Throughout the study of human evolution, a question that has vexed researchers is why humans have relatively large brains in comparison to our body size. While prospective answers may lie in metabolism, a Florida Tech faculty member is considering something new: the role of body temperature.
Florida Tech assistant professor of astrobiology Manasvi Lingam analyzes the role of temperature in the body-to-brain ratio in his recent paper, The Role of Body Temperature in Regulating Brain and Body Sizes in Hominin Evolution. Through the use of mathematical and computational models, Lingam has found a body temperature change of 1-2 degrees Celsius (1.8-3.6 degrees Fahrenheit) may explain why humans are able to have the body-to-brain ratio they do. This discovery may have a profound impact on better understanding the links between the evolution of our species.
“A lot of body processes, such as respiration and the way we acquire and take in food, are dependent on the body’s temperature, so I thought about what would happen if I raised the temperature a little bit either way,” Lingam said. “It really comes down to the fact that at higher temperatures, your body moves faster so you’re able to acquire food resources faster and rapidly consume them faster.”
Lingam was inspired to analyze human brain-to-body ratios by the mathematical modeling work he does in other fields, such as astrobiology and biophysics. After looking at primates’ relatively smaller brain to large body sizes, he wondered if it would be feasible to have both a larger brain and body. Further research from prior models showed that wouldn’t be possible, as both parts would need large amounts of energy from food intake to maintain function. Lingam also looked at whether nutrient-rich diets were a factor, which opened up another aspect for his models.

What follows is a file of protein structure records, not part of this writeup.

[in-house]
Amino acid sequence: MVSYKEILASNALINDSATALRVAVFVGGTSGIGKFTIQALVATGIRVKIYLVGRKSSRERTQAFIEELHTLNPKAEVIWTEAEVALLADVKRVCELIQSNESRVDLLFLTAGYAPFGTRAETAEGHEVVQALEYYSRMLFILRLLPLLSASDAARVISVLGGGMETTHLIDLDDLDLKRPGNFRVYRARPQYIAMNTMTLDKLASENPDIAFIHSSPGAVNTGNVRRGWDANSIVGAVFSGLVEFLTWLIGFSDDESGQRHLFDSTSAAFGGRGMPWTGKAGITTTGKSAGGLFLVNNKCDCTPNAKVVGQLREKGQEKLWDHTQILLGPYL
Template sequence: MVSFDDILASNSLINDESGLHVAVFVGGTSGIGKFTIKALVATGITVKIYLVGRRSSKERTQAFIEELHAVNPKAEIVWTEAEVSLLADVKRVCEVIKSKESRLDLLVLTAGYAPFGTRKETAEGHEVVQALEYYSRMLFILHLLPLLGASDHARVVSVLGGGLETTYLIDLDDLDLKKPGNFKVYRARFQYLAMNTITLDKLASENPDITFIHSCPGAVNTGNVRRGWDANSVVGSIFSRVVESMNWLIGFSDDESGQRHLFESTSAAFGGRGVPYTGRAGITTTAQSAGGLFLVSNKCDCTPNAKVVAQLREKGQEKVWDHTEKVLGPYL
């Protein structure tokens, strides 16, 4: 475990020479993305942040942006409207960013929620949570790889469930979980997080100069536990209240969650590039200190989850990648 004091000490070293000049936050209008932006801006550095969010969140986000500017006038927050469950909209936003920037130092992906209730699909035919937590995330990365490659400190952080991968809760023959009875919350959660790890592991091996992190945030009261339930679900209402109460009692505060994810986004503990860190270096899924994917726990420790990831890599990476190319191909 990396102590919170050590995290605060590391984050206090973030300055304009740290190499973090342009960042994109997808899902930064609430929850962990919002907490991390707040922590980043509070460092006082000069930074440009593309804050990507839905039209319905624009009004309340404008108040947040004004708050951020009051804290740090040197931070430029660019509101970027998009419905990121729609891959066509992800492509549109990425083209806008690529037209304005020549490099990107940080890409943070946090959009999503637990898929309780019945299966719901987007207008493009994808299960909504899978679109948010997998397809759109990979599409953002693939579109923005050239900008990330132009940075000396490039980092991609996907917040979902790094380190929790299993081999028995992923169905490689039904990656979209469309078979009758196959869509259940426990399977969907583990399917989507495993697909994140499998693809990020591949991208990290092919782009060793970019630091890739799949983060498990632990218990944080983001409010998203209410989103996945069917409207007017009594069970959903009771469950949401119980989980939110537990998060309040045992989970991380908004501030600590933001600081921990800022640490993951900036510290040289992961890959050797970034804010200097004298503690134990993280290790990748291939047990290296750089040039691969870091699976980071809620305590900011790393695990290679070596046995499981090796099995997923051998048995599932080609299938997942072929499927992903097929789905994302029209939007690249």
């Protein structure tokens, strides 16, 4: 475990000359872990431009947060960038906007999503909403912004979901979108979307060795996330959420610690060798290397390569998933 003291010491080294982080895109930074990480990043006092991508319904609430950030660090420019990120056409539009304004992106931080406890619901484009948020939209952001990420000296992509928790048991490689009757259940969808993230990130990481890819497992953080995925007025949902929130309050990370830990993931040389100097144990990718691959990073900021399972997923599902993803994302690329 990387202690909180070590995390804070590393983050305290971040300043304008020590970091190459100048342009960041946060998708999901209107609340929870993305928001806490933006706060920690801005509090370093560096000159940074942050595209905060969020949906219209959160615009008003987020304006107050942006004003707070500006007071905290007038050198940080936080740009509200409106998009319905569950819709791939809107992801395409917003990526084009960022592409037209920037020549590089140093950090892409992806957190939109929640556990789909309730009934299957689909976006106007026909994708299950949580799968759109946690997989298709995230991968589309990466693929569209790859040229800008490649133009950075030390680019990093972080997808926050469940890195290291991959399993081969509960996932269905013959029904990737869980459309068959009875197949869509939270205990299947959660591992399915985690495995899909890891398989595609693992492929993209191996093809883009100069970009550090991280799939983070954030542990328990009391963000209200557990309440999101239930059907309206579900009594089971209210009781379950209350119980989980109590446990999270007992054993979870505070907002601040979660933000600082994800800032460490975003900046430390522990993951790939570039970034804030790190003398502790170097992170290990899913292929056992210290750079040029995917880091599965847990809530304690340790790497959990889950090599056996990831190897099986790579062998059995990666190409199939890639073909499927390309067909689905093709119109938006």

While the degree of temperature change is key in Lingam’s research, he noted there are a multitude of factors in the evolution of humans, such as how food is cooked and the nutrients in a diet. However, after finding how much of an impact the temperature change had on the models, Lingam’s next step is to look at exactly where and how these temperature changes have had an impact on the changes of the species. A recent paper published in the medical journal The Lancet showed that a century years ago, Americans had an average body temperature that was 0.6 degrees Celsius (1.1 degrees Fahrenheit) higher than today.
During Lingam’s research, one aspect that stood out was seeing the functional part evolution had on the human body. In the random world of evolution, such as the emergence of the giraffe neck or the extinction of the dinosaurs caused by meteors, Lingam discovered though models that the optimal number of hours a human would need to feed and what their optimal mass would be falls within a factor of three, backing up hypotheses that human evolution was shaped by energetic constraints.
“This work suggests that evolution actually has some type of heuristic optimization process, that it is trying to reach some type of equilibrium, that’s it’s very close to the optimum,” Lingam said. “If I tell you that something is within a factor of three, that’s actually very good, when you take into account evolution is random. Normally with random processes, you don’t expect the math to agree so well with random occurrences.”